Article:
Cleaning material and tools required:  

  • Distilled white vinegar  
  • Large saucepan  
  • 1
    This method is similar to the rubber band method, but instead of using regular distilled white vinegar, you would slightly heat the solution.  
  • 2
    Start by heating the white vinegar over a hot stove in a large saucepan. The white vinegar should be warm and not boiling.  
  • 3
    Then, immerse the entire shower head in the solution. Make sure that the shower head is floating in the vinegar rather than touching the base of the saucepan.  
  • 4
    Leave it in for a couple of minutes before rinsing thoroughly.  

3. The Dismantling Method 

Cleaning material and tools required:

  • Instructions to dismantle your shower head 
  • Hard toothbrush  
  • Cleaning solution
  • Adjustable wrench  
  • 1
    This method might be the most effective, but it’s also the most complicated. Make sure that you’re comfortable with dismantling your shower head before attempting this.  
  • 2
    After you’ve removed your shower head, rinse it under cool water.  
  • 3
    Then, go ahead and slather the cleaning solution on your shower head before using a toothbrush to clean the shower head to remove any gunk.  
  • 4
    Make sure to scrub down the water ducts so that they are as clean as possible.  
  • 5
    Finally, go ahead and rinse your shower head thoroughly before reattaching your shower head.  
Blue LED Shower Head

People also Ask (FAQs)

Are LED shower heads safe? 

Yes, LED shower heads are safe. As LED shower heads are built to use water and not electricity to generate power, the chances of getting an electric shock are zero. 

Do LED shower heads need electricity? 

No, LED shower heads don’t need electricity; instead, they rely on water flow to power the LED lights. The water flow helps drive a turbine or generator that produces electricity that powers the LED lights on the shower head.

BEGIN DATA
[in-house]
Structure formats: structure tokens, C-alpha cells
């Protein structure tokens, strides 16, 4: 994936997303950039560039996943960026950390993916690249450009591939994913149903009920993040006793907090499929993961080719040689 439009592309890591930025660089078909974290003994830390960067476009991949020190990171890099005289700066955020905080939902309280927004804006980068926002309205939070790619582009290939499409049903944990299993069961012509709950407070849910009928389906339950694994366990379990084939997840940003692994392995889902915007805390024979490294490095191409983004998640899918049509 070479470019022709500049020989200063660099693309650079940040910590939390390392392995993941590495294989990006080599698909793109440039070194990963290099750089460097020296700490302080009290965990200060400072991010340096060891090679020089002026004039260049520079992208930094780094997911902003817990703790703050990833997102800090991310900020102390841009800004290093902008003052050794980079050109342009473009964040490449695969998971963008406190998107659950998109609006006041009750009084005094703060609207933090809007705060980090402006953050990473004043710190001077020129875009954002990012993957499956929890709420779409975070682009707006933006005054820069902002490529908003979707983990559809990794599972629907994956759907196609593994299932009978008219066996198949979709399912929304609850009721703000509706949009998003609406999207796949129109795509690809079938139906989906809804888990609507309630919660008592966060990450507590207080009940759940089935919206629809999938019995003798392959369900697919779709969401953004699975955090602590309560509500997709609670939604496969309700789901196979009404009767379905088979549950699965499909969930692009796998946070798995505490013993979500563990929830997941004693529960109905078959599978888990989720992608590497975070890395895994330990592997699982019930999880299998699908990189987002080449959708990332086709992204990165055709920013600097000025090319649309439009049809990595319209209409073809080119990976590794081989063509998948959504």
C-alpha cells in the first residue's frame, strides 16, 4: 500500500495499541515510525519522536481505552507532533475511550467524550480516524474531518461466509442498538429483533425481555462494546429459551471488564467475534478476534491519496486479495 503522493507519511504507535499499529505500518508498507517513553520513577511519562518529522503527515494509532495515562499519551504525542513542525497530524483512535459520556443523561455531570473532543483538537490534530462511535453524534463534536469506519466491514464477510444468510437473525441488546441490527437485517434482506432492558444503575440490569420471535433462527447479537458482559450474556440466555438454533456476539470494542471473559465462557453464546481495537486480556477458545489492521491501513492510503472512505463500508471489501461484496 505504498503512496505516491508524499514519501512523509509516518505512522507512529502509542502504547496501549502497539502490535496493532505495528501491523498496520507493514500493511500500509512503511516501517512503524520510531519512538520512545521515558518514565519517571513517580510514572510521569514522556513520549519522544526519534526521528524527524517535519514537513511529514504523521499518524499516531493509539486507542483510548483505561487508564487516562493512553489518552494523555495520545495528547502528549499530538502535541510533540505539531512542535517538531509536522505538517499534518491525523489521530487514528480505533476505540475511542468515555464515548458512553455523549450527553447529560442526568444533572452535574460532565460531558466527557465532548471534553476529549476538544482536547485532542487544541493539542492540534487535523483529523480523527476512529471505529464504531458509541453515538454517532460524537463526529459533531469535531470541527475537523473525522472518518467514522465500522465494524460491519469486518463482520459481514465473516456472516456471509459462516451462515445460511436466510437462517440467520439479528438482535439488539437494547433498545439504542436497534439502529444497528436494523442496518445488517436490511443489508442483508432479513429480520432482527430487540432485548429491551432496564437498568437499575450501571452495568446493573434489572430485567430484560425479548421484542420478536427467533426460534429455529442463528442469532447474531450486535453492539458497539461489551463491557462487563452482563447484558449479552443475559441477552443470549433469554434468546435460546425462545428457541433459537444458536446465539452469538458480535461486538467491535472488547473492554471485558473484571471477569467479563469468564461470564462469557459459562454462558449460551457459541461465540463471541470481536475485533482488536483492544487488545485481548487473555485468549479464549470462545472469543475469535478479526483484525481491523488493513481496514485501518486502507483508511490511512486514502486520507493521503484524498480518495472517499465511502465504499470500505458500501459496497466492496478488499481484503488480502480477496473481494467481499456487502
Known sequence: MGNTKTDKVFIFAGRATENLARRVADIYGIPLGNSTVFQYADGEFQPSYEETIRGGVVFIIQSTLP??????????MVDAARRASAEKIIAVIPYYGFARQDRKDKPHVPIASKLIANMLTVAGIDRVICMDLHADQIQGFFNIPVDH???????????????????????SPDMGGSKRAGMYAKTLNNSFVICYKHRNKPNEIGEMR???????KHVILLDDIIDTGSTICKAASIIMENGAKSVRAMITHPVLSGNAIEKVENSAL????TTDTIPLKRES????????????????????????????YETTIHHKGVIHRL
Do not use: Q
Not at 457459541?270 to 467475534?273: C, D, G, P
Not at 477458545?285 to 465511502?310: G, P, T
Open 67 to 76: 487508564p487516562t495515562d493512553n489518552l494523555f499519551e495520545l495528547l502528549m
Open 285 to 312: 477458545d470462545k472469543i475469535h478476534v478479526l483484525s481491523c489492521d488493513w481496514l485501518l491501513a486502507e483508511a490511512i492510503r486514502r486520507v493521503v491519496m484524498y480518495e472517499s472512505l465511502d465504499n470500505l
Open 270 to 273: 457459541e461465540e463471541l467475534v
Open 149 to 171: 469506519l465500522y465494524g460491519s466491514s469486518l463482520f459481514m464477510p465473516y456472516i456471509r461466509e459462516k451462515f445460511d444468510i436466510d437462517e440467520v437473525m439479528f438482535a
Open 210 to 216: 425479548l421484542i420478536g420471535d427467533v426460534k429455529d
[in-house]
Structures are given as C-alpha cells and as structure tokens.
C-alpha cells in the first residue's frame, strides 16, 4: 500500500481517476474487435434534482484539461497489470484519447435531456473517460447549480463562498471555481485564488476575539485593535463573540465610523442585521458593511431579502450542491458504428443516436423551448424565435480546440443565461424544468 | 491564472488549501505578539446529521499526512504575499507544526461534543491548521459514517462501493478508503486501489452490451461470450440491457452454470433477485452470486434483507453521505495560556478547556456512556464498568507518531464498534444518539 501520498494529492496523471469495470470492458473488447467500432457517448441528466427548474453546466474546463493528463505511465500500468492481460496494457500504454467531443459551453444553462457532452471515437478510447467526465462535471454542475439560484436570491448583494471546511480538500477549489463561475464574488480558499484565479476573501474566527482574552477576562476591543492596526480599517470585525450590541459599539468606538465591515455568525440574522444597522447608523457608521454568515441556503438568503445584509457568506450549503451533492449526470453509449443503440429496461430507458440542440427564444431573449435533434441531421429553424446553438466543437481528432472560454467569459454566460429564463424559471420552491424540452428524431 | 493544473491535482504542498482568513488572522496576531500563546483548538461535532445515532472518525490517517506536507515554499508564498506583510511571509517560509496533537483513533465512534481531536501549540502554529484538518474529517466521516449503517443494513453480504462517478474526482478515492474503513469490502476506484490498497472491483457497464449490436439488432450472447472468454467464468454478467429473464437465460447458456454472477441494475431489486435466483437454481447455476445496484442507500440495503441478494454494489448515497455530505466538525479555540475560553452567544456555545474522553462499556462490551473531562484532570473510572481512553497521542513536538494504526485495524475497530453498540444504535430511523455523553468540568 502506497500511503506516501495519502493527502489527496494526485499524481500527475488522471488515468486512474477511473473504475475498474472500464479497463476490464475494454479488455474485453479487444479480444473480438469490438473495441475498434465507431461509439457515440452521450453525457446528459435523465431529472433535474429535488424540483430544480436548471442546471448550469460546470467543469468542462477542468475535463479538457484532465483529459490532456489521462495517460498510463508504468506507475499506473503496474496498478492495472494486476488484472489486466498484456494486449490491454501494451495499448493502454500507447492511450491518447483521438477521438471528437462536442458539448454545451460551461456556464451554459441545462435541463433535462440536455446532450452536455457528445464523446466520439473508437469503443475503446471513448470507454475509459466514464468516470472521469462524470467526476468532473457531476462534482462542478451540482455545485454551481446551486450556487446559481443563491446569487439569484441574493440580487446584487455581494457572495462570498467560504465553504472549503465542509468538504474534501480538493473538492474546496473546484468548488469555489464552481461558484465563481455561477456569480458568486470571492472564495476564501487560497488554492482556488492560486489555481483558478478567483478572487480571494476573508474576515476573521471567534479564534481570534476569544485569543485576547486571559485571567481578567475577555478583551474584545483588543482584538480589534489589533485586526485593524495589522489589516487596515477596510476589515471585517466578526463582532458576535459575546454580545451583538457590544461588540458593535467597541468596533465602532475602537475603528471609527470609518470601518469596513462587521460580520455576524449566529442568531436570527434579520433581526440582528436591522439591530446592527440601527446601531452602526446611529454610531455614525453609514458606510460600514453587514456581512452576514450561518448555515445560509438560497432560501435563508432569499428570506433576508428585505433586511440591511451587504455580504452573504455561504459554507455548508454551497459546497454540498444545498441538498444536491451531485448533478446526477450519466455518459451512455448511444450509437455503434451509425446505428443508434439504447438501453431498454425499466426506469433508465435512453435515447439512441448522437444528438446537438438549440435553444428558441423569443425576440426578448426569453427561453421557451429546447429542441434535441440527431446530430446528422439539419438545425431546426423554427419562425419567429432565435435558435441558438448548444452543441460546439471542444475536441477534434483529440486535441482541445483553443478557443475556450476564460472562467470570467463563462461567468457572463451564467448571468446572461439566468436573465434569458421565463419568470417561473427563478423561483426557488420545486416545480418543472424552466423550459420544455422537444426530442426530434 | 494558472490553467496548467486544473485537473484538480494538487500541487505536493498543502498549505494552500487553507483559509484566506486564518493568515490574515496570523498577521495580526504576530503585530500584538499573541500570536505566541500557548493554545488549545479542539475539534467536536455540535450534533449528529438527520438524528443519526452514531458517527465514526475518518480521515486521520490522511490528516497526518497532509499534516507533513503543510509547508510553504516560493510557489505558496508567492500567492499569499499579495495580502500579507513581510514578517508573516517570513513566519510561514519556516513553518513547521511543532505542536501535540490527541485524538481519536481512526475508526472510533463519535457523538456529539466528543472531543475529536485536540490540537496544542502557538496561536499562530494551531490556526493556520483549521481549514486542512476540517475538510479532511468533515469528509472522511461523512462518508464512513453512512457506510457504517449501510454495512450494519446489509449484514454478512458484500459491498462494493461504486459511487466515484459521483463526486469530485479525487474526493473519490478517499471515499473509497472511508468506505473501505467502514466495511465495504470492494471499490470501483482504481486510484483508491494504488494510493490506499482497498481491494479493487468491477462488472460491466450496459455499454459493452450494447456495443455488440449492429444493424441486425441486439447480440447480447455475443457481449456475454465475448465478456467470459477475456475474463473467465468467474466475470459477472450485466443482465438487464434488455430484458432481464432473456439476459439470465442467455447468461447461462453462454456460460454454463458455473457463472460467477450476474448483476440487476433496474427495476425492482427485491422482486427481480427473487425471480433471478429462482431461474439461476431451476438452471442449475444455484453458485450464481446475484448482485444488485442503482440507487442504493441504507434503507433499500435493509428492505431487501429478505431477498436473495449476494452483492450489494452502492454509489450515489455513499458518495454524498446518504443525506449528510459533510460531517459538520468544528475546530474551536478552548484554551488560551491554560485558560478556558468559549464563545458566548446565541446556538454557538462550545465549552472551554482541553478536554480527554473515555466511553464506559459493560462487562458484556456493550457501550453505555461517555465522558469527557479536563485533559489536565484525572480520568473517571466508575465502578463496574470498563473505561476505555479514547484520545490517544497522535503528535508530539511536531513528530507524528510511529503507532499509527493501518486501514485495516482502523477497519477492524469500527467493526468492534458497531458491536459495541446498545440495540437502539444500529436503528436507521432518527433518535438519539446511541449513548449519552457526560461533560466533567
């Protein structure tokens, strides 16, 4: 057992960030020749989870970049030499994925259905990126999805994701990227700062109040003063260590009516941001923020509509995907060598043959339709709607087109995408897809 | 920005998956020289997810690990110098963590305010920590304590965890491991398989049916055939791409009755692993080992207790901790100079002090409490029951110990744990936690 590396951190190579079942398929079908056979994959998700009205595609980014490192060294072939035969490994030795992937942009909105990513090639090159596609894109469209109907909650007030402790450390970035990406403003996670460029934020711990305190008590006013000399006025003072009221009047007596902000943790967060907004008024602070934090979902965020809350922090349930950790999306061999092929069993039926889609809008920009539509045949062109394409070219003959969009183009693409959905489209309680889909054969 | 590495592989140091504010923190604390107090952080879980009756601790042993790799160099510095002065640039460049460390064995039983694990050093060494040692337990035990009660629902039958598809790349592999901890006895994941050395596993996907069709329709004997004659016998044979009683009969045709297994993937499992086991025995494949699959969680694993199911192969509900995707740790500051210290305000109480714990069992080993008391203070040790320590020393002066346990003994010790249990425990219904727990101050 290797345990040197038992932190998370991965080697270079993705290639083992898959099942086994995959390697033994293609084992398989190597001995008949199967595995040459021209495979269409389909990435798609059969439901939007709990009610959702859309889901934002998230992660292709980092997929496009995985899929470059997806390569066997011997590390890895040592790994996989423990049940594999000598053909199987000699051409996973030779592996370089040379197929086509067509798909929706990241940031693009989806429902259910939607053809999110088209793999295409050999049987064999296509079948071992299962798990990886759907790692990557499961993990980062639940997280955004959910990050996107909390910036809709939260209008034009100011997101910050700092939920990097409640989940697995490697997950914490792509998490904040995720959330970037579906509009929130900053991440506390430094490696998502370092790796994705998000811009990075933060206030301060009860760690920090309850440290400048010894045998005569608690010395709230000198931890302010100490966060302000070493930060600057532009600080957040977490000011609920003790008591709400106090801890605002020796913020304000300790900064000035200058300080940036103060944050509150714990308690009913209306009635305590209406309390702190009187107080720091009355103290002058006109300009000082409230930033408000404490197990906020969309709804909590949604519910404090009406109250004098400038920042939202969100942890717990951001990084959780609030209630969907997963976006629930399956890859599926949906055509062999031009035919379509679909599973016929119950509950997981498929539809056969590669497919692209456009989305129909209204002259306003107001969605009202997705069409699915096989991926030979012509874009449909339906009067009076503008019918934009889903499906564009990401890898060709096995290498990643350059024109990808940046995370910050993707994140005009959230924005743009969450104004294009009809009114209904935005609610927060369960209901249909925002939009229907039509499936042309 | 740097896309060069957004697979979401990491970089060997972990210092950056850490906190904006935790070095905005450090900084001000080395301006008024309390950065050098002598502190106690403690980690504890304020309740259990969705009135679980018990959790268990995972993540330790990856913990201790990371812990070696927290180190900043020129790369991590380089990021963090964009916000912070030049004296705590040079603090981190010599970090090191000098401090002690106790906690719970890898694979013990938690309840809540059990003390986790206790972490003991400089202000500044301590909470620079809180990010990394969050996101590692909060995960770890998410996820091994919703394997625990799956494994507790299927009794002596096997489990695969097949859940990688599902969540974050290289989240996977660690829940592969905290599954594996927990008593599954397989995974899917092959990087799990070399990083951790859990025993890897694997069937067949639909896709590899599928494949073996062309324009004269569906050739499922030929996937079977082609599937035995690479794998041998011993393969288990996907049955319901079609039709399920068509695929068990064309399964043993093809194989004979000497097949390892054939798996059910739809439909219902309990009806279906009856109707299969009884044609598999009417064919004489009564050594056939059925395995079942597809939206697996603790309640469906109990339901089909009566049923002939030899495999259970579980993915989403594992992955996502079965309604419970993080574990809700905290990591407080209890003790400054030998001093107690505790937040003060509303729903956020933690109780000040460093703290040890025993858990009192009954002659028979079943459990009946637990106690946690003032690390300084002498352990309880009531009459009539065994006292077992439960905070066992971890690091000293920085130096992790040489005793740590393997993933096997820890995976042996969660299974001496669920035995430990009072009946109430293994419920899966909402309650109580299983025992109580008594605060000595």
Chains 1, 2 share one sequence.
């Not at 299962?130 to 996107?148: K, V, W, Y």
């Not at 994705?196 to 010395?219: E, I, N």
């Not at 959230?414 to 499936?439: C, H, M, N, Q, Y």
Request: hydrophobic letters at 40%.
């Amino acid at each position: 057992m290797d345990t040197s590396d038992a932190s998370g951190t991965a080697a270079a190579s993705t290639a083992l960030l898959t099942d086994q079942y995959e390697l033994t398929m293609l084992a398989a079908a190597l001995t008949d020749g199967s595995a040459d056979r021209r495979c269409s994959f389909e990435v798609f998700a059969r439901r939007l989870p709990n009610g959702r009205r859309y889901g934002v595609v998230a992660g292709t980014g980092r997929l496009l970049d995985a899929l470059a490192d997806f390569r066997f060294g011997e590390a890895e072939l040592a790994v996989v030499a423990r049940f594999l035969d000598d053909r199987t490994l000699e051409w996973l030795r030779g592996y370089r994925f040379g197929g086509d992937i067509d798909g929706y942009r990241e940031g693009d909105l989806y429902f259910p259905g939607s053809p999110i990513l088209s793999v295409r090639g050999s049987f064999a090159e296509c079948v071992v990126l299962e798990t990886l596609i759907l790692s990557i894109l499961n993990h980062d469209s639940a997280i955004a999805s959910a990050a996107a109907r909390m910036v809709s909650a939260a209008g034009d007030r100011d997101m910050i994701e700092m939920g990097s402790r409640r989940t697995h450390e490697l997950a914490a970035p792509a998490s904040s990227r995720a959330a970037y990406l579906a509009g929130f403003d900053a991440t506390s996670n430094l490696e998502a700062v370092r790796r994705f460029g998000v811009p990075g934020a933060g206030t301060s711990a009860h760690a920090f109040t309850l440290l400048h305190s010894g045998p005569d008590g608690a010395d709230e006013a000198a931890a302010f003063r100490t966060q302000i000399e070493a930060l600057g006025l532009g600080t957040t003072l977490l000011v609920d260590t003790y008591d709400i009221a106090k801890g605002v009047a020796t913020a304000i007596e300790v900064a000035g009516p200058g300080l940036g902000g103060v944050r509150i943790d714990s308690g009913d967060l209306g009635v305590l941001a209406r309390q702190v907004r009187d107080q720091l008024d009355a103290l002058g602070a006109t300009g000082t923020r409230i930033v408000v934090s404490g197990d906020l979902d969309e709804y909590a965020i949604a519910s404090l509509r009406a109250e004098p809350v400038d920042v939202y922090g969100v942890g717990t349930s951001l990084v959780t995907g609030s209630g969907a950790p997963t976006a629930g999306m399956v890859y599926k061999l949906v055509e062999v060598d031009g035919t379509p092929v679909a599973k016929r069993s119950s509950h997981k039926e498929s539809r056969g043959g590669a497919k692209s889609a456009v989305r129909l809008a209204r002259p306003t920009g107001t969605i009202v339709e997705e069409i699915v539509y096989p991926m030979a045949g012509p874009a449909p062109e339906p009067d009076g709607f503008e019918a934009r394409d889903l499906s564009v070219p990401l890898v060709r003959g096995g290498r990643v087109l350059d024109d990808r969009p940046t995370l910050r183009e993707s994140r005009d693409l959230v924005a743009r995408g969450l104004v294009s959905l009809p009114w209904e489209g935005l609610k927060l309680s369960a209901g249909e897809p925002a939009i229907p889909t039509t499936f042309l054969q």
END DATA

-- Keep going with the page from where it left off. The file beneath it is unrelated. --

Can a new LED shower head increase water pressure? 

Yes, even though water pressure is primarily influenced by how your plumbing is routed to the shower, getting a new LED shower head can help with increasing water pressure.

Limescale buildup can affect the water pressure of your LED shower head, and the problem can be easily rectified with a new LED shower head.  

Can I replace the LEDs in my shower heads? 

Yes, you can replace the LEDs in your shower heads, but it’s always a good idea to engage an electrician to help with that particular task as proper connections between the LEDs and the shower head needs to be made.  


As seen from this guide, it’s not difficult to clean your LED shower head and maintain it well. It is, however, something that you should do to ensure that you’ve got a pleasant showering experience and won’t run into any issues in the long run.  

Holly Curell is the editor extraordinaire for Plumbing Lab. Having grown up in Michigan, Holly has spent time living in New York, Virginia, & currently North Carolina, where she lives with her husband & family. Holly loves DIY & has years of experience with at-home plumbing problems that arise from having 3 kids & living in colder climates. When she's not writing about her plumbing knowledge, Holly enjoys reading, hiking & relaxing with family.